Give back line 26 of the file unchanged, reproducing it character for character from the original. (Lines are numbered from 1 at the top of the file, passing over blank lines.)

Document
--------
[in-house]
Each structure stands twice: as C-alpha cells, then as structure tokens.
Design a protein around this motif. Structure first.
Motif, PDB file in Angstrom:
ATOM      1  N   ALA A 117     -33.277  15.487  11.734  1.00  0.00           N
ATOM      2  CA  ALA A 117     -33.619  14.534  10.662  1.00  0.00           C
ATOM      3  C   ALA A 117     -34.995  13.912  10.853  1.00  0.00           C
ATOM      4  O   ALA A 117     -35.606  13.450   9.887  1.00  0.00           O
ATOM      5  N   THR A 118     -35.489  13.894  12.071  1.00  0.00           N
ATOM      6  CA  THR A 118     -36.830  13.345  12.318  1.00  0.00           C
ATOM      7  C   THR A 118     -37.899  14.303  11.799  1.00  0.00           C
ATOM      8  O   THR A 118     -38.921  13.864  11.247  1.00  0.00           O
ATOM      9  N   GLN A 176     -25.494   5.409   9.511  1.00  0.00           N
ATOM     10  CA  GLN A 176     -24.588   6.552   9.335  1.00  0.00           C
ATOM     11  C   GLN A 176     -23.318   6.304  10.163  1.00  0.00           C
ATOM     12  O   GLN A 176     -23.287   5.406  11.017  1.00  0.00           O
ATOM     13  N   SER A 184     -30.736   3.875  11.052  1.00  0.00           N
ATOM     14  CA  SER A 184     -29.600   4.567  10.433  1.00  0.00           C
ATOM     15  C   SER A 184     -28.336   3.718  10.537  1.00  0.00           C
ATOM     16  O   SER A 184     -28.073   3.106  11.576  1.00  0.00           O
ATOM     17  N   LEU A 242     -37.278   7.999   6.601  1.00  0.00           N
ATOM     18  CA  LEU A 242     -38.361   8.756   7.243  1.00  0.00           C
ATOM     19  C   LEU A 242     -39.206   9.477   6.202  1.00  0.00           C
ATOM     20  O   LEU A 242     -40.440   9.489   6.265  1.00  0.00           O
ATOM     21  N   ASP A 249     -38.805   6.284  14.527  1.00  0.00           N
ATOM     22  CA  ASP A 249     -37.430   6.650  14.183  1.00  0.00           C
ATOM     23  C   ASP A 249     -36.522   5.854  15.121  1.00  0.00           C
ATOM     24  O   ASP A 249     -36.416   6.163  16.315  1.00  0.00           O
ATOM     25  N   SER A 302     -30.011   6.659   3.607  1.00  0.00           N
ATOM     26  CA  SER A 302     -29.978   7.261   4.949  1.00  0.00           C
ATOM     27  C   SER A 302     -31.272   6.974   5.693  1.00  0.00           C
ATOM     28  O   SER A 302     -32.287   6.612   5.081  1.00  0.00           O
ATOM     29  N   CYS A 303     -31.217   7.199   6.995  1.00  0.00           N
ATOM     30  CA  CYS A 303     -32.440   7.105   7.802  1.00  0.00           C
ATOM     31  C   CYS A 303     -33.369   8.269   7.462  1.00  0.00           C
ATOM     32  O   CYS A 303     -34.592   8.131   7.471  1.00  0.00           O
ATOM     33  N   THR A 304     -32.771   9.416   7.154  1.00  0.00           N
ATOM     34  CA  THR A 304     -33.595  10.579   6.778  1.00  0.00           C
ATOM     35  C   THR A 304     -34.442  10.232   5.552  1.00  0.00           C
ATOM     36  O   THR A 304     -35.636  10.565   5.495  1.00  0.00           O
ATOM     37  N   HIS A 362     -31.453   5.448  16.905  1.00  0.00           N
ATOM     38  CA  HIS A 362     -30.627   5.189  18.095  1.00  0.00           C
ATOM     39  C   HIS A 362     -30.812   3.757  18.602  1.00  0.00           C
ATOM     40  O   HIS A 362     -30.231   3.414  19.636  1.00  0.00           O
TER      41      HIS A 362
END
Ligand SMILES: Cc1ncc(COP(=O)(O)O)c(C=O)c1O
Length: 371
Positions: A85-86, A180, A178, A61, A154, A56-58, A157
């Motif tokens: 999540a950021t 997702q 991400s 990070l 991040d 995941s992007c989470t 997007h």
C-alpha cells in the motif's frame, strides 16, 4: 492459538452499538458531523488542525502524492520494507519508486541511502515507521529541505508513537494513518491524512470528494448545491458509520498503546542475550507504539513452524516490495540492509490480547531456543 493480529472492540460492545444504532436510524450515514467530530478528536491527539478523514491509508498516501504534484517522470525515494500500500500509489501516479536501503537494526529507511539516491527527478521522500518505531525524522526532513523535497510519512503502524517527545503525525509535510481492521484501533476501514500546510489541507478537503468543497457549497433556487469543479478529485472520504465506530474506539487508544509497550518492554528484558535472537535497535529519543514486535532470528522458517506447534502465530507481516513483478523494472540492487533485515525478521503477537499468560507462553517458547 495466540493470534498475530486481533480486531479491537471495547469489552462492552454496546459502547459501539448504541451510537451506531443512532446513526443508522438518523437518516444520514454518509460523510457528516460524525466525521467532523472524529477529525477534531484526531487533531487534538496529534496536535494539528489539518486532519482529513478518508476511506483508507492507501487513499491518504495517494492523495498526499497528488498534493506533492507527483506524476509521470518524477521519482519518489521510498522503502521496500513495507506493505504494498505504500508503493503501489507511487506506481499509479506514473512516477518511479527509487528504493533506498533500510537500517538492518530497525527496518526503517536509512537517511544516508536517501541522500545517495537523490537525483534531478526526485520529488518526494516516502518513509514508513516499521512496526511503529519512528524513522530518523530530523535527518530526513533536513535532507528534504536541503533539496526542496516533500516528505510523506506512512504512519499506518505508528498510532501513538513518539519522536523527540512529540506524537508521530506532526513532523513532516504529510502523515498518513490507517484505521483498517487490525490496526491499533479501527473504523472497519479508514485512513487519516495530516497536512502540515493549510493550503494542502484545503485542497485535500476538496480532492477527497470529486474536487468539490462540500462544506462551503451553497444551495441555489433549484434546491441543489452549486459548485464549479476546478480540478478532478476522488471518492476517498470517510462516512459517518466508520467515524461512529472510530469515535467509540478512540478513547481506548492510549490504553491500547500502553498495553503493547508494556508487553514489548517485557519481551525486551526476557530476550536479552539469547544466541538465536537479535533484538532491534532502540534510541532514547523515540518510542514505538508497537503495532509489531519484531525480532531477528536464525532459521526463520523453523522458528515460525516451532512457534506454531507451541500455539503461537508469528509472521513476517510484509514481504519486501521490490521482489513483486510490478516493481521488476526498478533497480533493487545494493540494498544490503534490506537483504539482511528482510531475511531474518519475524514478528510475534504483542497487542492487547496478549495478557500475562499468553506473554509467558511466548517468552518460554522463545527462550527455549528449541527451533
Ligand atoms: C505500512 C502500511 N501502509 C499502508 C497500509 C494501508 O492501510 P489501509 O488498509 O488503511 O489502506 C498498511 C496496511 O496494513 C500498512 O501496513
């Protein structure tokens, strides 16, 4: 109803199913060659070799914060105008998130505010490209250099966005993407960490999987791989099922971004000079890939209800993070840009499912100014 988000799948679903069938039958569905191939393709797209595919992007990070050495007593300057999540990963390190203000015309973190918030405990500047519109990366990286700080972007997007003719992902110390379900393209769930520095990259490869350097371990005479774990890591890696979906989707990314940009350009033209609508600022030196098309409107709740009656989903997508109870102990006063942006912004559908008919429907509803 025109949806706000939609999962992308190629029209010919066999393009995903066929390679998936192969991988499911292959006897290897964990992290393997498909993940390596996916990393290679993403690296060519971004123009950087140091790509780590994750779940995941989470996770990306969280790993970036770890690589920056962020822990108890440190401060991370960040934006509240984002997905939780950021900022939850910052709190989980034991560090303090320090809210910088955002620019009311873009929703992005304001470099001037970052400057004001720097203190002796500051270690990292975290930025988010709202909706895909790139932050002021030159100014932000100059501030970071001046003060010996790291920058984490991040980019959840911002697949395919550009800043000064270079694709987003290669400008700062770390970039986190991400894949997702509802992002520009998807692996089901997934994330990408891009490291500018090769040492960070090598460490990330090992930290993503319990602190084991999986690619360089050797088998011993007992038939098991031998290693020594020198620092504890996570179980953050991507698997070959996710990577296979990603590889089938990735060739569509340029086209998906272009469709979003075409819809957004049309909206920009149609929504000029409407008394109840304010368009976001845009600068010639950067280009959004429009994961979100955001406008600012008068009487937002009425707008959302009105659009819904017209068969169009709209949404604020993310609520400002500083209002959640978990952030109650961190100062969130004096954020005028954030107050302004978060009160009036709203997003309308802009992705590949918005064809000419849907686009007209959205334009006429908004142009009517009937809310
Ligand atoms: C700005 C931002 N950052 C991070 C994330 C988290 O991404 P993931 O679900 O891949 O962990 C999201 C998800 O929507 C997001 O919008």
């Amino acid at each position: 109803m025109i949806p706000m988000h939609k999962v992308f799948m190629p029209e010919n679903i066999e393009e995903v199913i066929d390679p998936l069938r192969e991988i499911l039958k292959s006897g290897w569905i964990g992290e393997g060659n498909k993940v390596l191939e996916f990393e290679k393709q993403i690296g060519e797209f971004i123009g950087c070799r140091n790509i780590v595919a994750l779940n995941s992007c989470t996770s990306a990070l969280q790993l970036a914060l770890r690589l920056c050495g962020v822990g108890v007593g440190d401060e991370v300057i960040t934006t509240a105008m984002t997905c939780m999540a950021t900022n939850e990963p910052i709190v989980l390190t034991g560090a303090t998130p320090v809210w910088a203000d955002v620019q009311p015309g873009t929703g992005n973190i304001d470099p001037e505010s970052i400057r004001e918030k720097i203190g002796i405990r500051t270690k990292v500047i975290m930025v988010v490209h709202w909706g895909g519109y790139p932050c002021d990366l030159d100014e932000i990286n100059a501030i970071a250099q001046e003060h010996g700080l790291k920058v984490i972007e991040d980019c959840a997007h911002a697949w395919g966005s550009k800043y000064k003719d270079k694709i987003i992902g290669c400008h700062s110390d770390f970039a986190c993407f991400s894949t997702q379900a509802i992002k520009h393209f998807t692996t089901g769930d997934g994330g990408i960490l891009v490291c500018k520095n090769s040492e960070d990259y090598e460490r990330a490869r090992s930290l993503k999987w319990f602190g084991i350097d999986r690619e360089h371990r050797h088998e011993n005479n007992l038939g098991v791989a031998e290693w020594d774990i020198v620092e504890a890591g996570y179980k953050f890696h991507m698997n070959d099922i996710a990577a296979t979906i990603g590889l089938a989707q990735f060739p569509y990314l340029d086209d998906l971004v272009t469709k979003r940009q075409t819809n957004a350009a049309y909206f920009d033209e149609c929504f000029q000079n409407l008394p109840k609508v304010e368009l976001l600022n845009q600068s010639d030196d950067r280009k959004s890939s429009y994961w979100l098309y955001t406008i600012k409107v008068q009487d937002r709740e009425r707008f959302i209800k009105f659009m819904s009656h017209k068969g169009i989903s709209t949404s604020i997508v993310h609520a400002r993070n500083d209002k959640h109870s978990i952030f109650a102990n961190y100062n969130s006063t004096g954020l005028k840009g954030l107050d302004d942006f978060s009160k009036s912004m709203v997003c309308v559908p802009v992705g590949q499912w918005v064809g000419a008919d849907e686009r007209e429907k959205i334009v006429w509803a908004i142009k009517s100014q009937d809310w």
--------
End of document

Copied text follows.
ATOM     22  CA  ASP A 249     -37.430   6.650  14.183  1.00  0.00           C